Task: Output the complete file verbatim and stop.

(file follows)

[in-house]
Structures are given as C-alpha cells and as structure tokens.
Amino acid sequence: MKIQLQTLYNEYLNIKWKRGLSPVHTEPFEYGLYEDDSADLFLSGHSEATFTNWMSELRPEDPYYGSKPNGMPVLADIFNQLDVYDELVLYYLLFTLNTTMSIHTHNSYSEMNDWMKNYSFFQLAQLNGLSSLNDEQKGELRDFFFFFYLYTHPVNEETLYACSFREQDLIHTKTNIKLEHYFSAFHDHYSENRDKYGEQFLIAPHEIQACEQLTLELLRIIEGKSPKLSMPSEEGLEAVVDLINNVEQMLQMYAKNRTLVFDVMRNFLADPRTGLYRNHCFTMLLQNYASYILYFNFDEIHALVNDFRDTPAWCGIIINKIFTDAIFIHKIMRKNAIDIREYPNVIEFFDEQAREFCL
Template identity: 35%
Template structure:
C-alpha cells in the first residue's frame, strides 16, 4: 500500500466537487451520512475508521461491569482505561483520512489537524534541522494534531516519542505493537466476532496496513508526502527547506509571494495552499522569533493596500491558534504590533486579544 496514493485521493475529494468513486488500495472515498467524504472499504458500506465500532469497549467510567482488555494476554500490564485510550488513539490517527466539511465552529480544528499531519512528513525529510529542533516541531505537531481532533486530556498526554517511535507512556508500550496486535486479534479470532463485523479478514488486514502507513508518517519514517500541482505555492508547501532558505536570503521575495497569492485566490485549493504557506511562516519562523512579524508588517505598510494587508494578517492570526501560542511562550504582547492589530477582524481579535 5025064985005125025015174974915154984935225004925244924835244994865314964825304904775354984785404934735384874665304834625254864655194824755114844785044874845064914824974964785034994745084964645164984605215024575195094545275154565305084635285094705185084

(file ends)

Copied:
[in-house]
Structures are given as C-alpha cells and as structure tokens.
Amino acid sequence: MKIQLQTLYNEYLNIKWKRGLSPVHTEPFEYGLYEDDSADLFLSGHSEATFTNWMSELRPEDPYYGSKPNGMPVLADIFNQLDVYDELVLYYLLFTLNTTMSIHTHNSYSEMNDWMKNYSFFQLAQLNGLSSLNDEQKGELRDFFFFFYLYTHPVNEETLYACSFREQDLIHTKTNIKLEHYFSAFHDHYSENRDKYGEQFLIAPHEIQACEQLTLELLRIIEGKSPKLSMPSEEGLEAVVDLINNVEQMLQMYAKNRTLVFDVMRNFLADPRTGLYRNHCFTMLLQNYASYILYFNFDEIHALVNDFRDTPAWCGIIINKIFTDAIFIHKIMRKNAIDIREYPNVIEFFDEQAREFCL
Template identity: 35%
Template structure:
C-alpha cells in the first residue's frame, strides 16, 4: 500500500466537487451520512475508521461491569482505561483520512489537524534541522494534531516519542505493537466476532496496513508526502527547506509571494495552499522569533493596500491558534504590533486579544 496514493485521493475529494468513486488500495472515498467524504472499504458500506465500532469497549467510567482488555494476554500490564485510550488513539490517527466539511465552529480544528499531519512528513525529510529542533516541531505537531481532533486530556498526554517511535507512556508500550496486535486479534479470532463485523479478514488486514502507513508518517519514517500541482505555492508547501532558505536570503521575495497569492485566490485549493504557506511562516519562523512579524508588517505598510494587508494578517492570526501560542511562550504582547492589530477582524481579535 5025064985005125025015174974915154984935225004925244924835244994865314964825304904775354984785404934735384874665304834625254864655194824755114844785044874845064914824974964785034994745084964645164984605215024575195094545275154565305084635285094705185084